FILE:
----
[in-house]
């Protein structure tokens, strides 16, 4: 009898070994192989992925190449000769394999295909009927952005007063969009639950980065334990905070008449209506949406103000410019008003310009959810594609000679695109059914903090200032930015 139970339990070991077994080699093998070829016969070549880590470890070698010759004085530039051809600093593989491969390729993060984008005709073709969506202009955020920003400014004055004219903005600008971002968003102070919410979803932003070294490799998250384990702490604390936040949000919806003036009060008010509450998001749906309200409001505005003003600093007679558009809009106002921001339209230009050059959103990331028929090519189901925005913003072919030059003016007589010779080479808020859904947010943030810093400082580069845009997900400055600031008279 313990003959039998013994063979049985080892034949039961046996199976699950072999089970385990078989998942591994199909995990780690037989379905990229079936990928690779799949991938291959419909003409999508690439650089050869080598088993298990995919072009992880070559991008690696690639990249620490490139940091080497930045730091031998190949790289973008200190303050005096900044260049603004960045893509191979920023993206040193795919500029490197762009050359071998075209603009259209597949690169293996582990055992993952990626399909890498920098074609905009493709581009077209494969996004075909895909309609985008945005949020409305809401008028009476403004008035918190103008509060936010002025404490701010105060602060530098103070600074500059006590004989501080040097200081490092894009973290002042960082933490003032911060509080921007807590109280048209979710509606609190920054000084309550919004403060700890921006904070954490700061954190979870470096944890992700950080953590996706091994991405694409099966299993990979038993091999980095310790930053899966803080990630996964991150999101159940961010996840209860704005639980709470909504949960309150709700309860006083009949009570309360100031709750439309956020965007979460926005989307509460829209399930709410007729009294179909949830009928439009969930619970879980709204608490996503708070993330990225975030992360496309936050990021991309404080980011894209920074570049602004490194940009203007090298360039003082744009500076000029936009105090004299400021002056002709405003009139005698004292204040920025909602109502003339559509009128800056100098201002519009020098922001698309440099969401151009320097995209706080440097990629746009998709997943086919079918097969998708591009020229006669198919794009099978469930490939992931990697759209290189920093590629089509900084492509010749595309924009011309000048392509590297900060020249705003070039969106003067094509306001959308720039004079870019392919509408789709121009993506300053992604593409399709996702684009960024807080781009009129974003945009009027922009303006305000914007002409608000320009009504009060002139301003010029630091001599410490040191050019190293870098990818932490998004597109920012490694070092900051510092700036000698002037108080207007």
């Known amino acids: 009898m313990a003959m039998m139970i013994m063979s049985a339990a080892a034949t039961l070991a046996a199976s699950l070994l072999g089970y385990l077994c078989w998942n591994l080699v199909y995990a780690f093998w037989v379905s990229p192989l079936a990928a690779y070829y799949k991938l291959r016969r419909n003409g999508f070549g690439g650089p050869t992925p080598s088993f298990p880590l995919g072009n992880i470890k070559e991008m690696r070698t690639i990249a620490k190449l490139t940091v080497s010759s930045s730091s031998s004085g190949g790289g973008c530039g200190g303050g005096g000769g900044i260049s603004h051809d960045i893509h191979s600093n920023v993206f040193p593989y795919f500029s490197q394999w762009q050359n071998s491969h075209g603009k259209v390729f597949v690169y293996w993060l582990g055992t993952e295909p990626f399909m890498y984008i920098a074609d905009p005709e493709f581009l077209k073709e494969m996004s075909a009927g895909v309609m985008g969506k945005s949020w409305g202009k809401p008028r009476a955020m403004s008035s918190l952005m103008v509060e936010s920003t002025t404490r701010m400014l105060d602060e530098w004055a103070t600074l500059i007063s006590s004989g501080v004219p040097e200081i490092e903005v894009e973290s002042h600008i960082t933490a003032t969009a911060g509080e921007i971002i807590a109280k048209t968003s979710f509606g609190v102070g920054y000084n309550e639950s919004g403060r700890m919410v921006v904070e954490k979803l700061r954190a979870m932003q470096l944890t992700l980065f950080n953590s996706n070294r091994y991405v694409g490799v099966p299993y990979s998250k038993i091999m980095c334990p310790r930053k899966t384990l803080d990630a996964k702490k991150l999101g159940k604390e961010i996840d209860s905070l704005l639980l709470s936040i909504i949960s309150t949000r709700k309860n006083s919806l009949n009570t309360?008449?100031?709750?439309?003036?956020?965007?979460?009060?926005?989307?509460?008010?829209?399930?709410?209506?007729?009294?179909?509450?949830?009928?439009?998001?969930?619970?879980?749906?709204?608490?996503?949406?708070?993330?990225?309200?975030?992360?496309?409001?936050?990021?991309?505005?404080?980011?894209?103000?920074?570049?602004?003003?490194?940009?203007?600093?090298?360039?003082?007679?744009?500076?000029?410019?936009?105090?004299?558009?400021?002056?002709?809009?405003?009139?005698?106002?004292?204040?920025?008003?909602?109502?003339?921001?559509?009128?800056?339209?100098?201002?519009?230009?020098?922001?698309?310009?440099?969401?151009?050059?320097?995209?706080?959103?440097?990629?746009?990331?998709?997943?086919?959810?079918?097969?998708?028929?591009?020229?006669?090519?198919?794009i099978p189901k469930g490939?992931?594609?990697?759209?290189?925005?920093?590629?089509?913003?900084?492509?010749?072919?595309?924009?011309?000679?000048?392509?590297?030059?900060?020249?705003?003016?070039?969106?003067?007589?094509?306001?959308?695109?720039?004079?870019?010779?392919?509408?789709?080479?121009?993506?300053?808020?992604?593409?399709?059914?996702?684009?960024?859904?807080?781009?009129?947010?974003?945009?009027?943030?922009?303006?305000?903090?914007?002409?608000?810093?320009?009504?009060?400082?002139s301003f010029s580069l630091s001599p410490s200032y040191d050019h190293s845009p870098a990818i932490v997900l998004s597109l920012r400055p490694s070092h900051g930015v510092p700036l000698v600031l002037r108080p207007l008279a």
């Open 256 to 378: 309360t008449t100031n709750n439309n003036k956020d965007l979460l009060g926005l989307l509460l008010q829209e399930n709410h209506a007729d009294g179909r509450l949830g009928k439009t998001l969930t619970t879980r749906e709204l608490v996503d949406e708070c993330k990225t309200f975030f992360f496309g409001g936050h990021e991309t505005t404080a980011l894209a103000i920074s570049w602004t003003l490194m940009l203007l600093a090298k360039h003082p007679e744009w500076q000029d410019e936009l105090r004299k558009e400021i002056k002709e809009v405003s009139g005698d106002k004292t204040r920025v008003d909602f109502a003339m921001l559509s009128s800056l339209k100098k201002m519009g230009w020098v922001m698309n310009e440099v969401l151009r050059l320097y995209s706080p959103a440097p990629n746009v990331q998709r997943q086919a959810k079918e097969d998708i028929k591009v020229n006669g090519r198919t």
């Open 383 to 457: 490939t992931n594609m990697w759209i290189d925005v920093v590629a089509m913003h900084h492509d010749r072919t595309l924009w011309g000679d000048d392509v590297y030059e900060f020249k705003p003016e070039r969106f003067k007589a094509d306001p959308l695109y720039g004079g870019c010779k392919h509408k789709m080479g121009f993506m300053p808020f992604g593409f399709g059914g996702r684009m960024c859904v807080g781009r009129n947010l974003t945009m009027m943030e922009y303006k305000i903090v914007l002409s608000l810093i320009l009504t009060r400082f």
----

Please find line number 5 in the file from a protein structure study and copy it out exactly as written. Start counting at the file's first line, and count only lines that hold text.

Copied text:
């Open 383 to 457: 490939t992931n594609m990697w759209i290189d925005v920093v590629a089509m913003h900084h492509d010749r072919t595309l924009w011309g000679d000048d392509v590297y030059e900060f020249k705003p003016e070039r969106f003067k007589a094509d306001p959308l695109y720039g004079g870019c010779k392919h509408k789709m080479g121009f993506m300053p808020f992604g593409f399709g059914g996702r684009m960024c859904v807080g781009r009129n947010l974003t945009m009027m943030e922009y303006k305000i903090v914007l002409s608000l810093i320009l009504t009060r400082f």